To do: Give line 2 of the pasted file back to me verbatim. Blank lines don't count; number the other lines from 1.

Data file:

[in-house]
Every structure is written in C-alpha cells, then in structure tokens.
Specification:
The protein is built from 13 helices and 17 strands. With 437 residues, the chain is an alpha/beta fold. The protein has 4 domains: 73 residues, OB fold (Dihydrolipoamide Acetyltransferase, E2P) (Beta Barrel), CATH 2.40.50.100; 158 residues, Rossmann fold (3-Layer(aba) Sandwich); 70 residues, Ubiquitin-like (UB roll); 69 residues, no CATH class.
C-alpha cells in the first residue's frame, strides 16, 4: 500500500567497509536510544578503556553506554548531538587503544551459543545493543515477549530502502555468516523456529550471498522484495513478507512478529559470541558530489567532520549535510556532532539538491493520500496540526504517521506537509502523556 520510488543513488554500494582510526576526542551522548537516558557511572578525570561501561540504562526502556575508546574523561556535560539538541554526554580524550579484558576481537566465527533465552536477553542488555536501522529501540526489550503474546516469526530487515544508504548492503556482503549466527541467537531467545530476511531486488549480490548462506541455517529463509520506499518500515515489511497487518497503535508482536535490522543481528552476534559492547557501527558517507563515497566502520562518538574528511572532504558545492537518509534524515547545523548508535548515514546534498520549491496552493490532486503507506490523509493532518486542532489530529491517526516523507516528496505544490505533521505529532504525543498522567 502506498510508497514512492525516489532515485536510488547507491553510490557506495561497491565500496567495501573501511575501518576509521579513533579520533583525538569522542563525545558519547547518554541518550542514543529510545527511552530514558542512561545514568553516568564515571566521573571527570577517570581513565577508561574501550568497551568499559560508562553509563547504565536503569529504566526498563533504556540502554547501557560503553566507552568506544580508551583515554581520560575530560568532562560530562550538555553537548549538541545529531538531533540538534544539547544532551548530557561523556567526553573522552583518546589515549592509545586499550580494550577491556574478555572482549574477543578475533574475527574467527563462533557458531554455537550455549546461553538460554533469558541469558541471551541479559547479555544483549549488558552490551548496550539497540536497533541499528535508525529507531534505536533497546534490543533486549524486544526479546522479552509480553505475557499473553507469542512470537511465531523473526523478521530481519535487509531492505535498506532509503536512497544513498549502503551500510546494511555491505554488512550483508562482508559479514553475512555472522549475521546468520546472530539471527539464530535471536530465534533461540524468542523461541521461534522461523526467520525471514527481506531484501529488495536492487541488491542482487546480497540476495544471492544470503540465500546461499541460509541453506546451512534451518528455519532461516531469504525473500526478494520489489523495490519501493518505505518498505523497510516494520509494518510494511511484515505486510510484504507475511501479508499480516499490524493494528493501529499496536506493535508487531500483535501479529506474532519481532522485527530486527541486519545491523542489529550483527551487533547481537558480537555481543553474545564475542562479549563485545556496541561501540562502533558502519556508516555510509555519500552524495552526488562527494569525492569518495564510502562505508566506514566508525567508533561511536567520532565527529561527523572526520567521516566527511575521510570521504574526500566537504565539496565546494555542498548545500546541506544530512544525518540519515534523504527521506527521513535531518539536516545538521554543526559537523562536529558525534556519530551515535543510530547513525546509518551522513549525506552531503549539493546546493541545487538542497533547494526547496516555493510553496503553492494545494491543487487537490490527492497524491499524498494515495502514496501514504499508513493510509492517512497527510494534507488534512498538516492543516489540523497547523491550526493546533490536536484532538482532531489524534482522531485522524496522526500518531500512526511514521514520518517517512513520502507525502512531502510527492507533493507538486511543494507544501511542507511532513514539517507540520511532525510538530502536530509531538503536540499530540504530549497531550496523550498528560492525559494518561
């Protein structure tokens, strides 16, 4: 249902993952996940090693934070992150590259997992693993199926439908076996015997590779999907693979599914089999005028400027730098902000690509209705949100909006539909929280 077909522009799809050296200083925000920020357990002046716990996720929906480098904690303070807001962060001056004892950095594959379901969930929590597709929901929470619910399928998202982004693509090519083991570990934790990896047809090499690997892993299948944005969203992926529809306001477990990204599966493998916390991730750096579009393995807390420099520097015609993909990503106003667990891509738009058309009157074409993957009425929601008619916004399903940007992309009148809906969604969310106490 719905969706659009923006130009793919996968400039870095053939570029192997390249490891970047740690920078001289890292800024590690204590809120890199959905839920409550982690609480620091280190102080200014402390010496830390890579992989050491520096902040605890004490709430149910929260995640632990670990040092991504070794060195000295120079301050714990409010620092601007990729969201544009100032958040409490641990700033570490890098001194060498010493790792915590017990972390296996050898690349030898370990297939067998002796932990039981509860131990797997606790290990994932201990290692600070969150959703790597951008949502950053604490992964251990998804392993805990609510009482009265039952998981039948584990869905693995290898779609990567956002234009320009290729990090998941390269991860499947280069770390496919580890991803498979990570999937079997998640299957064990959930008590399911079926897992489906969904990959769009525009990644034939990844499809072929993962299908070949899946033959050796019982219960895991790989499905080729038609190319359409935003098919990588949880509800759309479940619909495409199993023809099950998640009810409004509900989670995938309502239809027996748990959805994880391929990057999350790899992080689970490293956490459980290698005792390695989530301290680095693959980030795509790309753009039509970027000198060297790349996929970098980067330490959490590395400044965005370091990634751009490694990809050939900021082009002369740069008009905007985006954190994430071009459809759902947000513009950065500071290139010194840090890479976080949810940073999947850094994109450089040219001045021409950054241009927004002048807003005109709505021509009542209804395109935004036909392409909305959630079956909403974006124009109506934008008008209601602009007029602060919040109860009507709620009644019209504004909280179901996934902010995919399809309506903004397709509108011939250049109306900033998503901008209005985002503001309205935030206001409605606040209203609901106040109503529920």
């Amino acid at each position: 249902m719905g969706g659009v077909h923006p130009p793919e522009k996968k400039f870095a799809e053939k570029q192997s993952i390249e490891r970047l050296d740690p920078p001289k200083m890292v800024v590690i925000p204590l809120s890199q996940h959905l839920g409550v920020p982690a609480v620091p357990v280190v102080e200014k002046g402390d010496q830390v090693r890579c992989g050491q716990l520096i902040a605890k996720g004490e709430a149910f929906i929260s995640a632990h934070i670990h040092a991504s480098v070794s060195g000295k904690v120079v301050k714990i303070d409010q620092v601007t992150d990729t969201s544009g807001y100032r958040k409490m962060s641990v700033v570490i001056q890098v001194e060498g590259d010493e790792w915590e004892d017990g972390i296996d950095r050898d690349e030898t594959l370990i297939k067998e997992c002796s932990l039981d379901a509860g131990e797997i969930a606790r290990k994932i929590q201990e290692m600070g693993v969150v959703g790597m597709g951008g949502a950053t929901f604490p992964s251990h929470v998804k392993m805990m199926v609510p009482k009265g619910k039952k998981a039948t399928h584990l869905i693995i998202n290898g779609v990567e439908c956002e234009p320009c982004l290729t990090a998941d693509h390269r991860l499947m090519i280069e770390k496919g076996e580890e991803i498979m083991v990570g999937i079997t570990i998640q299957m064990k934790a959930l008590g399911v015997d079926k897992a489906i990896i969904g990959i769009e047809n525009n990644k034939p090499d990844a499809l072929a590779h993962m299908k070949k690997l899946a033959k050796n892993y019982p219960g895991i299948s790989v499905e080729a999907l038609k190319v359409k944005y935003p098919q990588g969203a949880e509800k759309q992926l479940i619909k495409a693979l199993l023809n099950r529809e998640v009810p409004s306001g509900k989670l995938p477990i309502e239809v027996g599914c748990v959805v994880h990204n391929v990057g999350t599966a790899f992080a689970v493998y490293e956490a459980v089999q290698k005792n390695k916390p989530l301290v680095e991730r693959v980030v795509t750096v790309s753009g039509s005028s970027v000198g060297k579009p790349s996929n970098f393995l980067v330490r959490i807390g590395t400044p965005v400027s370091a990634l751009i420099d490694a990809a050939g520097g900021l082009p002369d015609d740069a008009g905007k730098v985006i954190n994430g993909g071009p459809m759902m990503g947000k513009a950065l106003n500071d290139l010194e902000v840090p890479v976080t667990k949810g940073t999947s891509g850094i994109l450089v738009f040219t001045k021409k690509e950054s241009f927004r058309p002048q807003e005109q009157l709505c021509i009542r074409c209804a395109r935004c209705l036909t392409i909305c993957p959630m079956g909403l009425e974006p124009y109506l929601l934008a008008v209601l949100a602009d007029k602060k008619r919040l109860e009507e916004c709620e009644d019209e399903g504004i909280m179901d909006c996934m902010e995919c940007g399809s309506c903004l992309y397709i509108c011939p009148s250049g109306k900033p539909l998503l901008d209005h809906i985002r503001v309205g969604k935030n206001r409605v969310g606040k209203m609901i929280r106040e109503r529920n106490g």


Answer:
Every structure is written in C-alpha cells, then in structure tokens.